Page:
Mindful self-compassion can help us, as PWS or humans in general, connect more meaningfully to our beliefs, thoughts, and emotions in a different, more intentional, way. In this experience we call life, things may not always be good and we may not always be happy, in contradiction to the stories we tell ourselves about the society – and that’s okay. Knowing that we don’t always have to be happy, nor do we have to constantly chase the illusion of happiness, may provide us relief from self-judgment and unrealistic expectations. Humans have a wide range of emotions that have evolved for different purposes. When we are sad, it helps us grieve and feel connected to and supported by others. If we don’t allow ourselves to feel sadness, or other emotions, it suppresses the degree of happiness we experience and may have us feeling isolated and not well understood. By practicing non-judgmental mindful self-compassion we can allow ourselves to connect to the experience of fear in a different way and then decide what behaviors and actions to do from there, regardless of the presence of doubt, fear, or anxiety. We may choose to connect with and lean into the emotion or sharing something vulnerable about ourselves. We can start to form a more objective sense of reality by understanding what stories we are telling ourselves, connecting to our emotions, and knowing that not every story we tell ourselves is in fact true in a black and white sense; exploring that there may be other alternative explanations that we didn’t think of. For example, a story in a group from a perspective of someone who stutters could be “People in the group aren’t making eye contact with me because they’re uncomfortable with my stutter”, when another possibility could be that the group members weren’t looking at the PWS because they weren’t the one speaking at that moment, and it has nothing to do with their stuttering at all. Doing these intentional mindful practices not only help decrease our fusion to the beliefs, thoughts, and elicited emotions, but also helps reduce the sensation of the emotion and experience itself.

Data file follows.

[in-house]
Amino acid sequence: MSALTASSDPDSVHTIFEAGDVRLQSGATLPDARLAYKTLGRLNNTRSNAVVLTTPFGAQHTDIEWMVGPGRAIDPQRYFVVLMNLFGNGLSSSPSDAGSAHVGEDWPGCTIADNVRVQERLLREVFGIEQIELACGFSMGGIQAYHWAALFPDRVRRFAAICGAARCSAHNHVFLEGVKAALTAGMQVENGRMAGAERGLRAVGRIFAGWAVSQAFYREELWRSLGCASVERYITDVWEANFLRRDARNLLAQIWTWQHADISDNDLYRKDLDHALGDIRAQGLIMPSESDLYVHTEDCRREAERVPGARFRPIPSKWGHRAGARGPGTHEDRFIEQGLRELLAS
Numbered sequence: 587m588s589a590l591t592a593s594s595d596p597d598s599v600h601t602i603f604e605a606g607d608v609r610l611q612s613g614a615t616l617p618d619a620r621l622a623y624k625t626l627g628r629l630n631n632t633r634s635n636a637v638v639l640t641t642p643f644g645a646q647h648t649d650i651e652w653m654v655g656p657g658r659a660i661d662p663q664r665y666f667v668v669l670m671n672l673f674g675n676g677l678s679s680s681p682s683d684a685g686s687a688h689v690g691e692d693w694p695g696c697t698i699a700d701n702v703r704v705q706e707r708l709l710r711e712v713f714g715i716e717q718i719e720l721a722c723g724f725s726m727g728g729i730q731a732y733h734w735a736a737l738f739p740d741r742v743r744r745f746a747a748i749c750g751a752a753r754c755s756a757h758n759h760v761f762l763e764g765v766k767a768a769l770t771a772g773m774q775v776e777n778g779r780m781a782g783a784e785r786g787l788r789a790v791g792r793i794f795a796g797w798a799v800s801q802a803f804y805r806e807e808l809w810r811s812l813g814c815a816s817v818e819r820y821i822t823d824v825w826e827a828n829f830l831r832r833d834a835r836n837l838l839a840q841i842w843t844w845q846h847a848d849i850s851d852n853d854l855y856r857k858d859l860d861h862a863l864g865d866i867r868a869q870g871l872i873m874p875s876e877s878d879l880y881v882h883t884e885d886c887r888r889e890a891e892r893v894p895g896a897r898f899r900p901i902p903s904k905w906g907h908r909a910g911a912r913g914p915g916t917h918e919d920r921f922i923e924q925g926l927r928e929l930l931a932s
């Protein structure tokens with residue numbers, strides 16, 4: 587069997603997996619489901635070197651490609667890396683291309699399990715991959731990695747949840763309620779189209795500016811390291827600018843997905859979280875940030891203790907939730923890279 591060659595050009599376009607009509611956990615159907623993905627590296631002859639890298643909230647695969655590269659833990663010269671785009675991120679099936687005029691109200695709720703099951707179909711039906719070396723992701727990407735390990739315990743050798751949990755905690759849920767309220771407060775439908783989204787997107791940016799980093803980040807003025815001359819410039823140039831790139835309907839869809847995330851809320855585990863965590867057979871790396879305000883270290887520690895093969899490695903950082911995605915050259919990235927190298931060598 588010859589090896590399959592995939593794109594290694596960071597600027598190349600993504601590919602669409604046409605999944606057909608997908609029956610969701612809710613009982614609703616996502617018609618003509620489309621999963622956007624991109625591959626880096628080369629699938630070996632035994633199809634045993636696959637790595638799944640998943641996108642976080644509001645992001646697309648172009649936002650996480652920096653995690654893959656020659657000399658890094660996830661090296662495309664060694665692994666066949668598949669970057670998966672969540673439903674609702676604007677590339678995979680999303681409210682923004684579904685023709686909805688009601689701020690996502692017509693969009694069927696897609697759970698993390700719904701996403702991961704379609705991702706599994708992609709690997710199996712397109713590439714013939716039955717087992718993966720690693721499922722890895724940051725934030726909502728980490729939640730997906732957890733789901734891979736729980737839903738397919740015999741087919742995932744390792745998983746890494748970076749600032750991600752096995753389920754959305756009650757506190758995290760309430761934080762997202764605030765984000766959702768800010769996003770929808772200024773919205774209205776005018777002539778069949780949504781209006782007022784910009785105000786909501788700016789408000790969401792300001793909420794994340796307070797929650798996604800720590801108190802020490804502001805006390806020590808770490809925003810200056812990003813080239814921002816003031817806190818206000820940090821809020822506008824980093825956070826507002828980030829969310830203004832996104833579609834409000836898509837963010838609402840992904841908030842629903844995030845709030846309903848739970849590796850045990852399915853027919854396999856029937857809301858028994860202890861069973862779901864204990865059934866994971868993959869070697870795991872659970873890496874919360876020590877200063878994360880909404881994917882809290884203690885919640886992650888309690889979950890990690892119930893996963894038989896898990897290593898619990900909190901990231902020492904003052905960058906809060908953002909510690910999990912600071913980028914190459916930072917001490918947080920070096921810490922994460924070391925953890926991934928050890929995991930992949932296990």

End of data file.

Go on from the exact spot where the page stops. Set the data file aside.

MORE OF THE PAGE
Another way to connect to the moment is through a practice known as grounding, where we connect to the physical world tactically – focusing on touch, pressure, texture, etc. of items you are physically connected to or the ways in which your body connects to the space around you. Grounding can also occur mentally as we focus our brains on tasks like naming as many items as we can think of from a specific category or naming all of the items in our physical environment from a specific category – for example, all of the colors that are in the room. When engaging in this practice, while redirecting attention from the anxiety or self-judgment, to focusing on touch, it is very difficult to focus on the anxiety or judgment. This practice also helps decrease rumination of perceived failures after communication exchanges. By experiencing communication, or the present moment, differently with more intention we allow more connection to ourselves and others. Mindful self-compassion can help us better understand ourselves, our emotions, thoughts, and beliefs, which will allow us to connect more fully with others. Our understanding guides our actions, which therefore changes how others understand us. Let’s better understand ourselves, so we can help others, and the world, better understand stuttering.